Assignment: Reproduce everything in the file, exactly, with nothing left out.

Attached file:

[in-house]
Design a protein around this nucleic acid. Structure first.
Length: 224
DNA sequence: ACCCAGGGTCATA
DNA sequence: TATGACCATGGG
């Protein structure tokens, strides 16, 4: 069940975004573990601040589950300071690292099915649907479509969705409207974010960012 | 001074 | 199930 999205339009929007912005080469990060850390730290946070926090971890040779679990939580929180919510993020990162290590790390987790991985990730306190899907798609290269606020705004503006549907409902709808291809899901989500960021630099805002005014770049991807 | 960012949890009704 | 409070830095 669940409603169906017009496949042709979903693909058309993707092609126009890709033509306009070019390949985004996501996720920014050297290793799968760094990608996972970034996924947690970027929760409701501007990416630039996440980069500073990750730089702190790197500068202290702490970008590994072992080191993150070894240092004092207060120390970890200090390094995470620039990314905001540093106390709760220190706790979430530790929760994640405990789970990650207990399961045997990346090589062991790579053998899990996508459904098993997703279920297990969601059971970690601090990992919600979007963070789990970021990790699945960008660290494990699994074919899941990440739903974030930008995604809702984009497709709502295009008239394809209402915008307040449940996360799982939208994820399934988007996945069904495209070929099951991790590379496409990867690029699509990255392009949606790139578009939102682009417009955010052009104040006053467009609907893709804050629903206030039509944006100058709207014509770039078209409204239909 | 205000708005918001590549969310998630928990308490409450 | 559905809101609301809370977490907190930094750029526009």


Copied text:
[in-house]
Design a protein around this nucleic acid. Structure first.
Length: 224
DNA sequence: ACCCAGGGTCATA
DNA sequence: TATGACCATGGG
């Protein structure tokens, strides 16, 4: 069940975004573990601040589950300071690292099915649907479509969705409207974010960012 | 001074 | 199930 999205339009929007912005080469990060850390730290946070926090971890040779679990939580929180919510993020990162290590790390987790991985990730306190899907798609290269606020705004503006549907409902709808291809899901989500960021630099805002005014770049991807 | 960012949890009704 | 409070830095 669940409603169906017009496949042709979903693909058309993707092609126009890709033509306009070019390949985004996501996720920014050297290793799968760094990608996972970034996924947690970027929760409701501007990416630039996440980069500073990750730089702190790197500068202290702490970008590994072992080191993150070894240092004092207060120390970890200090390094995470620039990314905001540093106390709760220190706790979430530790929760994640405990789970990650207990399961045997990346090589062991790579053998899990996508459904098993997703279920297990969601059971970690601090990992919600979007963070789990970021990790699945960008660290494990699994074919899941990440739903974030930008995604809702984009497709709502295009008239394809209402915008307040449940996360799982939208994820399934988007996945069904495209070929099951991790590379496409990867690029699509990255392009949606790139578009939102682009417009955010052009104040006053467009609907893709804050629903206030039509944006100058709207014509770039078209409204239909 | 205000708005918001590549969310998630928990308490409450 | 559905809101609301809370977490907190930094750029526009």